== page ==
Figure 1: Erythematous to hyperpigmented patches over the bilateral soles and left palm

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Figure 2: Hyperpigmentation with ruptured bulla over the dorsum of left hand with sparing of right hand

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The index case had differential degree of severity on both hands. The paretic limb had grade 1 hand foot syndrome, whereas the other limb had grade 4 severity according to the World Health Organization criteria.

The pathogenesis of capecitabine-induced hand foot syndrome is poorly understood. Direct release of the drug into the skin via the eccrine ducts, causing toxic injury is one pathomechanism explaining this event.[4] Increased thymidine phosphorylase enzyme activity converting capecitabine to the more toxic 5-fluorouracil and free radical-induced damage have also been proposed. Abnormal regulation of the autonomic nervous system has been known to occur after a cerebrovascular accident. The cortical and subcortical inhibitory effects on vasomotor neurons are reduced. This increases the vessel wall tone, thereby reducing temperature and cutaneous blood flow to the paretic side.[5] This could be a possible cause for the finding in our case. The relative less use of the paretic hand in comparison to the other hand and feet for daily activities could also be responsible for the differential presentation in our patient. All previous reports of unilateral hand foot syndrome are from western literature. We were unable to find any such reports from India. The findings in our case highlights the neural and vascular mechanism contributing to the pathogenesis of hand foot syndrome in contrast to the commonly accepted mechanism of it being caused by secretion of the drug in the sweat into palms and soles.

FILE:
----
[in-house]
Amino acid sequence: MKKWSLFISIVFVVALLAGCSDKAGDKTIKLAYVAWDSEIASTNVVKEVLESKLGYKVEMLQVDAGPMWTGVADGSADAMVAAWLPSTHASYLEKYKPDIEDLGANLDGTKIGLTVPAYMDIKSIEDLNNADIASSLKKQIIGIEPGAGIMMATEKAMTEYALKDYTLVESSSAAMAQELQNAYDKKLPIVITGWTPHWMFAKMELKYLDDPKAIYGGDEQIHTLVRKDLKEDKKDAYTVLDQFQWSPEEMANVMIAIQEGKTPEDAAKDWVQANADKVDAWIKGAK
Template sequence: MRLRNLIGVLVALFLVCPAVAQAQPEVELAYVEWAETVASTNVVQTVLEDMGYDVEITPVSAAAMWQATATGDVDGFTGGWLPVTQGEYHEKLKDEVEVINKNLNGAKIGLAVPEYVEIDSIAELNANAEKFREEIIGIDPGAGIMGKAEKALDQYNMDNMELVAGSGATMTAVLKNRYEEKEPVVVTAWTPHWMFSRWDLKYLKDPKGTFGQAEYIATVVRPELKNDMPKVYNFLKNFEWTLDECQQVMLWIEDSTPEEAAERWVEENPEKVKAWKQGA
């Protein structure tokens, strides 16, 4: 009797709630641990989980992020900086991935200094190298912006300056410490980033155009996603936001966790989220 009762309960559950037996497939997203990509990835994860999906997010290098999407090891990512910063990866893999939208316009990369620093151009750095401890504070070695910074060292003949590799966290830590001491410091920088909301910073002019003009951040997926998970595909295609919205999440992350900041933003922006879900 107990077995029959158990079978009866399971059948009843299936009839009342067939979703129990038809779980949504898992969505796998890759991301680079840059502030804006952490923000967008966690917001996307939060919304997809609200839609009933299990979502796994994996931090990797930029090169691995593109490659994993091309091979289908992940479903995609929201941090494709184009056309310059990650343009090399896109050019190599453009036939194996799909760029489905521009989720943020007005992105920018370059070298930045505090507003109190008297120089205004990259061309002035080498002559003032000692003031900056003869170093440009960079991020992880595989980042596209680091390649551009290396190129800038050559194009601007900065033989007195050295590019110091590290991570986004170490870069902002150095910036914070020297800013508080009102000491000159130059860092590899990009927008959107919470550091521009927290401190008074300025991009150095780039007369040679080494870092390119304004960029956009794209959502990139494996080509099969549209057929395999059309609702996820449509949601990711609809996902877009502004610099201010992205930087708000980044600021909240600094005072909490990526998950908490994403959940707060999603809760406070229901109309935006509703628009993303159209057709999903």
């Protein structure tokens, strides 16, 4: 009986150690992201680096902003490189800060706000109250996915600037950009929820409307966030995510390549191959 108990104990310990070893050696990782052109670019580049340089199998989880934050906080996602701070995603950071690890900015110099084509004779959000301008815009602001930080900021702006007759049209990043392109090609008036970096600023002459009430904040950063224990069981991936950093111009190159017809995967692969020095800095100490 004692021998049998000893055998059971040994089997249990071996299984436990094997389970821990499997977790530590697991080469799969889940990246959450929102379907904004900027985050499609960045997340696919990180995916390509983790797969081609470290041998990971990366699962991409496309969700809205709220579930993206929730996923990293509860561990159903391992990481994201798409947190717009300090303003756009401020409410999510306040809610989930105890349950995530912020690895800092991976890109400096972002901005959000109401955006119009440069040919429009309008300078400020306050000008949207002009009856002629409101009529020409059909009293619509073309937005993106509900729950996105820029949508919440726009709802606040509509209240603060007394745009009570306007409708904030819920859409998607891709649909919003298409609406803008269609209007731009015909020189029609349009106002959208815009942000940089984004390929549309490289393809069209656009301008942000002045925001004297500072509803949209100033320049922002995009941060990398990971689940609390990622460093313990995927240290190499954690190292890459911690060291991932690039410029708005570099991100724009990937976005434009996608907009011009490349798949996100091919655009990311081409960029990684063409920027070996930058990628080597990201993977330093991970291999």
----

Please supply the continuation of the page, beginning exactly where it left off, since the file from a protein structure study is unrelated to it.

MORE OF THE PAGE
Avoidance of strenuous activities, involving friction over the palms and soles, e.g. long walking, lifting objects and using ill-fitting footwear, could reduce the severity of this reaction. Physicians should be aware that patients on drugs causing hand foot syndrome and coexisting neurological disease might manifest the same in an atypical manner. Future studies exploring neural pathomechanisms mediating hand foot syndrome should be undertaken.

Declaration of patient consent

The authors certify that they have obtained all appropriate patient consent forms. In the form, the patient has given his consent for his images and other clinical information to be reported in the journal. The patient understands that name and initials will not be published and due efforts will be made to conceal identity, but anonymity cannot be guaranteed.

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Conflicts of interest

There are no conflicts of interest.

  References Top

Matsuda S, Koketsu H, Hayakawa M, Nagata N. Unilateral capecitabine-related hand-foot syndrome. Intern Med 2015;54:2779.  Back to cited text no. 1
Disel U, Gürkut O, Abali H, Kaleağasi H, Mertsoylu H, Ozyilkan O, et al. Unilateral hand-foot syndrome: An extraordinary side effect of capecitabine. Cutan Ocul Toxicol 2010;29:140-2.  Back to cited text no. 2
Almeida da Cruz L, Hoff PM, Ferrari CL, Riechelmann RS. Unilateral hand-foot syndrome: Does it take sides? Case report and literature review. Clin Colorectal Cancer 2012;11:82-4.  Back to cited text no. 3
Miller KK, Gorcey L, McLellan BN. Chemotherapy-induced hand-foot syndrome and nail changes: A review of clinical presentation, etiology, pathogenesis, and management. J Am Acad Dermatol 2014;71:787-94.  Back to cited text no. 4
Al-Qudah ZA, Yacoub HA, Souayah N. Disorders of the autonomic nervous system after hemispheric cerebrovascular disorders: An update. J Vasc Interv Neurol 2015;8:43-52.  Back to cited text no. 5


  [Figure 1], [Figure 2]

  [Table 1]